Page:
The crutch: We step in when things get hard, finish the task, extend the deadline, and talk to the adults; thus, kids don’t know that in the normal course of life things won’t always go their way, and that they’ll be okay regardless.

7. An 18-year-old must be able to earn and manage money

The crutch: They don’t hold part-time jobs; they receive money from us for what ever they want or need; thus, kids don’t develop a sense of responsibility for completing job tasks, accountability to a boss who doesn’t inherently love them, or an appreciation for the cost of things and how to manage money.

8. An 18-year-old must be able to take risks

The crutch: We’ve laid out their entire path for them and have avoided all pitfalls or prevented all stumbles for them; thus, kids don’t develop the wise understanding that success comes only after trying and failing and trying again (a.k.a. “grit”) or the thick skin (a.k.a. “resilience”) that comes from coping when things have gone wrong.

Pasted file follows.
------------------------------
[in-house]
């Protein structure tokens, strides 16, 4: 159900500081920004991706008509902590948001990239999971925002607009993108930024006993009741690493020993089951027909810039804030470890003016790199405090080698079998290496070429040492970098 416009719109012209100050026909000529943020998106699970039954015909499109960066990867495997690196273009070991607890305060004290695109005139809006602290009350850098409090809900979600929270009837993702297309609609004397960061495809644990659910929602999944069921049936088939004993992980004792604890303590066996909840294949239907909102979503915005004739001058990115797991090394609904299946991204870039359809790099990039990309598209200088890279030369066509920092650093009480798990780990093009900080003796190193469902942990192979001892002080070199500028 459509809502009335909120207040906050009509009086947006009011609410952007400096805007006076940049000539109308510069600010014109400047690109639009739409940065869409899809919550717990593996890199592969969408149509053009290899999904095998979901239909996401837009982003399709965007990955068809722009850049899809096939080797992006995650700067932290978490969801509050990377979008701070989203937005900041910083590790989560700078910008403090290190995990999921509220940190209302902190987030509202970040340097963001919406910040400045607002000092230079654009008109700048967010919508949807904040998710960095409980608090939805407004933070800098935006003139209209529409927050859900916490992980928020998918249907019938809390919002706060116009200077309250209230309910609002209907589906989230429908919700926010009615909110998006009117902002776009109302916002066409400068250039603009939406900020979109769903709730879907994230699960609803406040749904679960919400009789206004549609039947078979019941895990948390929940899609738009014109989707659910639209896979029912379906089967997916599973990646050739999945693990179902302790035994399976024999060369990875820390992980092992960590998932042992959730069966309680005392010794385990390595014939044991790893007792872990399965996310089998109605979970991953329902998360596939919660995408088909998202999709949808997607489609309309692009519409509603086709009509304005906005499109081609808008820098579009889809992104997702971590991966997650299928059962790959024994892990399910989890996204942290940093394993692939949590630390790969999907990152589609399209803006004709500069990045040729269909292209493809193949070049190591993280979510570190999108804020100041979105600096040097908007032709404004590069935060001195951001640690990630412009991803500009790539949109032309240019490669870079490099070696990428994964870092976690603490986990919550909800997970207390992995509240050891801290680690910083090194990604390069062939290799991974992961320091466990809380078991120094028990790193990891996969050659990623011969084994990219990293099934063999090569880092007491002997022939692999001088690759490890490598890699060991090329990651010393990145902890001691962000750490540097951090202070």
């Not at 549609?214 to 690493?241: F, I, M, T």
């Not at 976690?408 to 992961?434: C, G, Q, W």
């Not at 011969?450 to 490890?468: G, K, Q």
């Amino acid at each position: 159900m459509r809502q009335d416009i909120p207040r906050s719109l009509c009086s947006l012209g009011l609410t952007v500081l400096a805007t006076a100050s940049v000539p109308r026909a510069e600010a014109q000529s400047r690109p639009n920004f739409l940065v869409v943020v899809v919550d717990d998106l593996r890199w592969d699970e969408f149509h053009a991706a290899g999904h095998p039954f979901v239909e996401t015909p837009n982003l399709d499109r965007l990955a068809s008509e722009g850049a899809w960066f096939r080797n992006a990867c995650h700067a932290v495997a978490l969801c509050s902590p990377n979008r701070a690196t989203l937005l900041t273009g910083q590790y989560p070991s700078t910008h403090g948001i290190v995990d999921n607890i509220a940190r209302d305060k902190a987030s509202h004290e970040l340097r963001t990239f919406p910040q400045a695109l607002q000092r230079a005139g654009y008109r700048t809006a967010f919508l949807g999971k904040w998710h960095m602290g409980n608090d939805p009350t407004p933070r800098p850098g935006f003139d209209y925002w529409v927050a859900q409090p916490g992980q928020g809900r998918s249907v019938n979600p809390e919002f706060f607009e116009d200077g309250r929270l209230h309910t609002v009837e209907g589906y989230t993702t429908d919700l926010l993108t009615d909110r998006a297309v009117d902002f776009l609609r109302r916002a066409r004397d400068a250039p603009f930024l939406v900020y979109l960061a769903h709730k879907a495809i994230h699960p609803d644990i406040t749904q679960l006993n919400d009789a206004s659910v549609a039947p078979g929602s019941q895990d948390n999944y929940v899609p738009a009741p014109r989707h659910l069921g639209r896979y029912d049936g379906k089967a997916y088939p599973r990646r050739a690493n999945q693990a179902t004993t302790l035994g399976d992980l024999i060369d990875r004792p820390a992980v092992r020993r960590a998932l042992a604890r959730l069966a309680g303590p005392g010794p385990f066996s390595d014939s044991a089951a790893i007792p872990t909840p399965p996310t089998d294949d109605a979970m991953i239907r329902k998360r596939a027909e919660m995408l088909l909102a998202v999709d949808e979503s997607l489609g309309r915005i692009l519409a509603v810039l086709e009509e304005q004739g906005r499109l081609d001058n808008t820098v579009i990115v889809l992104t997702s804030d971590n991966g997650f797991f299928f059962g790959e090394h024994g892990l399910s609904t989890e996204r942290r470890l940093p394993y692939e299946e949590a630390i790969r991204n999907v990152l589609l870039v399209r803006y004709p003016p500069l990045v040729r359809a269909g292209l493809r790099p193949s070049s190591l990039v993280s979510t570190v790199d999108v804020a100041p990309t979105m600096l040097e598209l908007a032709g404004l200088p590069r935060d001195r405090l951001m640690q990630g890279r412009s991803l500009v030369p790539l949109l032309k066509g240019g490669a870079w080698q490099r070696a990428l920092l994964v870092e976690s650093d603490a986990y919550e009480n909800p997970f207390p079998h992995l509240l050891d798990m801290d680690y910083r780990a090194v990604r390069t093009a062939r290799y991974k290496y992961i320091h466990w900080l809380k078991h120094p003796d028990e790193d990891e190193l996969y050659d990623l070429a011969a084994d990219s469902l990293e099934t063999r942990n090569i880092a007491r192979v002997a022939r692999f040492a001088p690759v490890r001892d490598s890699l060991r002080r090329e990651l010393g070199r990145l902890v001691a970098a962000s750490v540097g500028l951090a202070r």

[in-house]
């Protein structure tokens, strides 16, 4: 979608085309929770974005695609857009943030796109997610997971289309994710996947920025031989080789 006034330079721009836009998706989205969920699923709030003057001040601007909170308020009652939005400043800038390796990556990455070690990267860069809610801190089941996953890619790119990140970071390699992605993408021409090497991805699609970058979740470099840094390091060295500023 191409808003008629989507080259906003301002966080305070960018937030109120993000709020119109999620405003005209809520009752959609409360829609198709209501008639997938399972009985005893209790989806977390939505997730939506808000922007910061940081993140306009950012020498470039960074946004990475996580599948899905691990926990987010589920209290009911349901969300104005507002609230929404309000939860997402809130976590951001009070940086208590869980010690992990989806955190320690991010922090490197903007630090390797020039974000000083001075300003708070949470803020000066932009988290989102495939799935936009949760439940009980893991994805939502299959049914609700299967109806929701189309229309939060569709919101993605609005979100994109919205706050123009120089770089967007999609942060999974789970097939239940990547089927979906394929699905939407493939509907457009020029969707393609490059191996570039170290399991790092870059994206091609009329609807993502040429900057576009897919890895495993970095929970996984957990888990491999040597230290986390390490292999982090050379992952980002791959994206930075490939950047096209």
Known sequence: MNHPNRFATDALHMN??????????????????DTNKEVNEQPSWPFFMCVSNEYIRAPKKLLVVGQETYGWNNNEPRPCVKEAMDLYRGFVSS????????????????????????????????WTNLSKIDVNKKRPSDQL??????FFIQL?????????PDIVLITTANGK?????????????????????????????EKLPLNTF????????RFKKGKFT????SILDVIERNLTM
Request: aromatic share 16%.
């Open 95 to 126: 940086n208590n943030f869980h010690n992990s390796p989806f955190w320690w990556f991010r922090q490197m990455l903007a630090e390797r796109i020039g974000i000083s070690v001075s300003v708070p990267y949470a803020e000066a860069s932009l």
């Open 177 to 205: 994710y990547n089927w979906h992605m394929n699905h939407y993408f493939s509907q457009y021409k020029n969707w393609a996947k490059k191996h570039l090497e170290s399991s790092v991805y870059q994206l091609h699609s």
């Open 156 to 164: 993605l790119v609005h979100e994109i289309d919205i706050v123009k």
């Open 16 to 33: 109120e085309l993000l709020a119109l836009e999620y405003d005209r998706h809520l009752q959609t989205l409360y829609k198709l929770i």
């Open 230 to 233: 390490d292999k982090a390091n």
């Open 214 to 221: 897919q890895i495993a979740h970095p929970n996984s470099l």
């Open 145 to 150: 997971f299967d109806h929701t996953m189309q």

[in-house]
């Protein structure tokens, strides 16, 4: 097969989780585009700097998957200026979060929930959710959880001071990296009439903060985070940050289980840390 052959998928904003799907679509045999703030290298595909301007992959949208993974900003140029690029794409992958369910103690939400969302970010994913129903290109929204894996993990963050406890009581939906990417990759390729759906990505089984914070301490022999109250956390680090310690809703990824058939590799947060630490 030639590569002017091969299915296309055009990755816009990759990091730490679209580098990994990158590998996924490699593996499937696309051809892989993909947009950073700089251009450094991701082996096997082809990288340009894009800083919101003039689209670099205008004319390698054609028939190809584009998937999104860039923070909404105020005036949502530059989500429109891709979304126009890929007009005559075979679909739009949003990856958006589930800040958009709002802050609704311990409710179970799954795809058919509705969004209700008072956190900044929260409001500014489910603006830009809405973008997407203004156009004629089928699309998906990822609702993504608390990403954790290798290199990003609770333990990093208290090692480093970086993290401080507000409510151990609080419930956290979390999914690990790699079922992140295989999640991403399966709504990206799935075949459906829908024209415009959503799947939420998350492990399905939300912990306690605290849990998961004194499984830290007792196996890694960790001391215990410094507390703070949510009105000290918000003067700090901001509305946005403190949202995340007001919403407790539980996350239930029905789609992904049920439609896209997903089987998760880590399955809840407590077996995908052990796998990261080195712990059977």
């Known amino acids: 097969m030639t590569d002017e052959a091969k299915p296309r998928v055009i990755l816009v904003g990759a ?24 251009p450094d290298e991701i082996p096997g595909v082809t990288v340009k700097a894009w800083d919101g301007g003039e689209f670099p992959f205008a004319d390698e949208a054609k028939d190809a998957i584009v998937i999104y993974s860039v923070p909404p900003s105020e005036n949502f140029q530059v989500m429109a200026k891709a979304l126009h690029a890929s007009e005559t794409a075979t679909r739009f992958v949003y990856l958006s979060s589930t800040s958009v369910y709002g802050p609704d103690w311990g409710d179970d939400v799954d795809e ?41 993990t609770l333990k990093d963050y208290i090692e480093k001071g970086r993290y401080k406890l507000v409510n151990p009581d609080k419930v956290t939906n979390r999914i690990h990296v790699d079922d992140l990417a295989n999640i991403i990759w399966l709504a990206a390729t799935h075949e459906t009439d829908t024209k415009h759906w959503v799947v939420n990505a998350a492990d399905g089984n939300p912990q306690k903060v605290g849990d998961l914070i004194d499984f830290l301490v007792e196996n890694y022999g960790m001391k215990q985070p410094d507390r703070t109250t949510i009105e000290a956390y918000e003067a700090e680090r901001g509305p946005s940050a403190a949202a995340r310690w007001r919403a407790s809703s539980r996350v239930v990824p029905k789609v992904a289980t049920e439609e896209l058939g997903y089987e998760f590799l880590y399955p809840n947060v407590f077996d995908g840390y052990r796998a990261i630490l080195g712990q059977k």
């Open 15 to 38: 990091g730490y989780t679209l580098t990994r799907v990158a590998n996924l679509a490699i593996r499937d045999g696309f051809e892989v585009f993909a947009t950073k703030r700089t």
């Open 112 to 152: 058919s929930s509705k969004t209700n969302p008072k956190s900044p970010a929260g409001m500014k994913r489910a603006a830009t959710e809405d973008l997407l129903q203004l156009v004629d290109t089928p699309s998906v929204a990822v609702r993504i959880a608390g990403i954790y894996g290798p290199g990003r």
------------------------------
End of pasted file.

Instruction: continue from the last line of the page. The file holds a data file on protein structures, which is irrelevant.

Remember: Our kids must be able to do all of these things without resorting to calling a parent on the phone. If they’re calling us to ask how, they do not have the life skill.

Sunday, May 29, 2016

Exploring the Relationship between Secondary Science Teachers’ Subject Matter Knowledge and Knowledge of Student Conceptions While Teaching Evolution by Natural Selection (Lucero, Petrosino, and Delgado, 2016)

Hoboken Sewer Drains- 2016
I received news recently that a paper I co-authored was accepted to The Journal of Research in Science Teaching (JRST).  JRST is a very highly ranked journal in Education….not just Science Education (see Figure 1). This is related to the evolution education work I have been doing. The specific paper accepted was based in part of the dissertation by my doctoral student Margaret Lucero (who is now a professor at Santa Clara University). We have some minor revisions to make but it should be published in the Fall. I am including the abstract to the paper to give readers a rough idea of what the paper is about.It involves work that has been ongoing for the better part of 3 years. Previous papers have already been published on this work in various other journals and presented at a number of national and international research conferences.